This week six Churchill crews will be racing in the June Eights Regatta (a 4 day replacement for May Bumps). To allocate the crews into divisions and seed them for subsequent races, all crews took part in a 1km time trial from the reach to Bumps Bottom Finish. Here’s how they got on:
Today was the first taste of racing for many in the NW2 crew. Having picked up rowing in Michaelmas they had 4 weeks of training, before COVID locked the boat bay doors again until late March. Over the course of the Easter Vacation and Easter term however, NW2 relearnt their craft and trained with the singular focus of performing at the (bumps replacement) June Eights Regatta. While the 2 weeks leading up to the regatta itself were interrupted by exam commitments the crew was well prepared going into the 5 day racing competition.
The crew arrived for their ‘Getting on Race’ time trial to see the boathouse already alive with crews. Churchill had 3 crews in the 4th division of the day and Selwyn had 2, meaning space on the slip was at a premium. Eventually, finding a slot to launch the boat, NW2 pushed off and rowed on, down the now familiar stretch of the reach to the novice marshalling. There was a customary delay at this point which left time for coxswain George to entertain the crew by playing Queen down the cox’s speakers before finally moving on and marshalling for the race itself behind the senior crews.
As the second last crew of the day we had time to relax and settle before pushing off but before long it was our turn. Winding over 5 strokes we upped the rate to our race target and pushed through the start line, onto the reach. The crew moved with determination up the reach battling hard to get as much from each push as possible. As we passed under the railway bridge a pre planned call of ‘Up 2’ was given by the cox. And the crew answered, giving a final surge to increase the pace across the line.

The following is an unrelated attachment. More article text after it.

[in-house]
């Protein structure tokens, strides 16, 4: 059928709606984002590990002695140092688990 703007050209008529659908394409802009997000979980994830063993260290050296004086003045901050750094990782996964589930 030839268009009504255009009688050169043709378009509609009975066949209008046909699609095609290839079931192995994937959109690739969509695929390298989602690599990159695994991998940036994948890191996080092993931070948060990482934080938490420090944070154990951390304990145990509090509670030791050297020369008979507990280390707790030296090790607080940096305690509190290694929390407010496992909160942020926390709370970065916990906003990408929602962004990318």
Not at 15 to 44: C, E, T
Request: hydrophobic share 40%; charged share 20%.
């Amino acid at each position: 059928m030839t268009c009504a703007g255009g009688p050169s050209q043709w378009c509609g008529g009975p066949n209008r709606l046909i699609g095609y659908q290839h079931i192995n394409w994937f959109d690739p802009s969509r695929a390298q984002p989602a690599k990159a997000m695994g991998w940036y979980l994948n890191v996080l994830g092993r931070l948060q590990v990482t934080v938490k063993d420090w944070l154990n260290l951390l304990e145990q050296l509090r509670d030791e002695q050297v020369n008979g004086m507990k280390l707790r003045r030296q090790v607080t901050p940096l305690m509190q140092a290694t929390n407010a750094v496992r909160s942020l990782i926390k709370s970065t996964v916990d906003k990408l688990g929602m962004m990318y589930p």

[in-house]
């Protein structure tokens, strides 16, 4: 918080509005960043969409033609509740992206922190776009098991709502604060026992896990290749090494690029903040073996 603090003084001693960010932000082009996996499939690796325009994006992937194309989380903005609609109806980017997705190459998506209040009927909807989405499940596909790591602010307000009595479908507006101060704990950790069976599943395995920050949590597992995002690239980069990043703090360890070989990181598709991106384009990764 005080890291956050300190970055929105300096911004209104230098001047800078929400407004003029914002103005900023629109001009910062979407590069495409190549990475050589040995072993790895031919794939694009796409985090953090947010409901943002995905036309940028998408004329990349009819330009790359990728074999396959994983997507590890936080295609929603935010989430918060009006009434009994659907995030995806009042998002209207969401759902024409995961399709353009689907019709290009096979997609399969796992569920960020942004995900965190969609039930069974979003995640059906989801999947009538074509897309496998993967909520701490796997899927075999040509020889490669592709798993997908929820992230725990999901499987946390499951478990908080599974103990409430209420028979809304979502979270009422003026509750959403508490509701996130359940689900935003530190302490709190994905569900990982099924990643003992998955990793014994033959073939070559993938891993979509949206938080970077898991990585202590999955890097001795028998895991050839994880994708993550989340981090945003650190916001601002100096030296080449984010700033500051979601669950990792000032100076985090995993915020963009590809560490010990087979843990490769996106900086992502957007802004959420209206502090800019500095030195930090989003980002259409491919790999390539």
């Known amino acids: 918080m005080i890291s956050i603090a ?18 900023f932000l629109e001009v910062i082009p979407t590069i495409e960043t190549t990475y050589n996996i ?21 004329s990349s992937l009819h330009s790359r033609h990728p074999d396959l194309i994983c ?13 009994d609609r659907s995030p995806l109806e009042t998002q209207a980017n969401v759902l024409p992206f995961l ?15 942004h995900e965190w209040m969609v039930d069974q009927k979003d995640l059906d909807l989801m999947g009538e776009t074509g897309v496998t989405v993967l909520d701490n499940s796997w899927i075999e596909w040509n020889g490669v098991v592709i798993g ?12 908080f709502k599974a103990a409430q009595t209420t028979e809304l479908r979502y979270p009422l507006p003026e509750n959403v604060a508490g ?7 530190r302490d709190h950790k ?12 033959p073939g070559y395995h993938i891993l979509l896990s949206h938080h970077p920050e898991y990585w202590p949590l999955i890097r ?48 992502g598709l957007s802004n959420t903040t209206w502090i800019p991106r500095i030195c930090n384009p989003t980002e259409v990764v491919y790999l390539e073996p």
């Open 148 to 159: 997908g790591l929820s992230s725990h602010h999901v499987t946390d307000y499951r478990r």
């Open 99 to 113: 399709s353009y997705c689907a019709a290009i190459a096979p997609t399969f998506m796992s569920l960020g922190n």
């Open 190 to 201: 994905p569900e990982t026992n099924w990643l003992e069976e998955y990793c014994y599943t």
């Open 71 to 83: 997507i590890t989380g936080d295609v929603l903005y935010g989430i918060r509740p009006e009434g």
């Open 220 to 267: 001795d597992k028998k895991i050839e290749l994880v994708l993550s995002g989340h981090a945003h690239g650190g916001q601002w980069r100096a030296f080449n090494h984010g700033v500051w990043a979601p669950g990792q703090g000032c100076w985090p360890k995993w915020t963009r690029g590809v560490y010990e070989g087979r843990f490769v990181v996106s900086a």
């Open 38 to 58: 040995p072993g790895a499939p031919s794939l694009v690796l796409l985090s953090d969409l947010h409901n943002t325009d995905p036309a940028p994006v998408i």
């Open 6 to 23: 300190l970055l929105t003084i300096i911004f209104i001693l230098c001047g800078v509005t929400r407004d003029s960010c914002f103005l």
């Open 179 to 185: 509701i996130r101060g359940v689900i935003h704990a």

The effort from the crew was huge and exhaustion was spread throughout all 8 faces at the end of the race. An unofficial time of 4:13 (from a bank party’s watch) places us in the NW2 division, and we race again tomorrow against Selwyn NW2. Let the side-by-side racing begin.
-Chris Hughes (LBC and NW2 coach)
Today NM1 made their race debut for the June eights regatta getting on race, in the gloom and drizzle of this beautiful Sunday. The day got off to a rocky start with a last-minute injury and sub, but the crew stayed calm, and after much footplate shuffling, we pushed off into traffic jam Cam. On the row down, we lived up to our ‘splashy but effective’ style with some practice rolling starts, then were quickly marshalled down the reach, spun and headed for the start line.
We rolled over the start line with our usual high rate enthusiasm, and David began everyone’s favourite call to lengthen the stroke. Then, for the first time ever, we relaxed into the row and put down some good long strokes.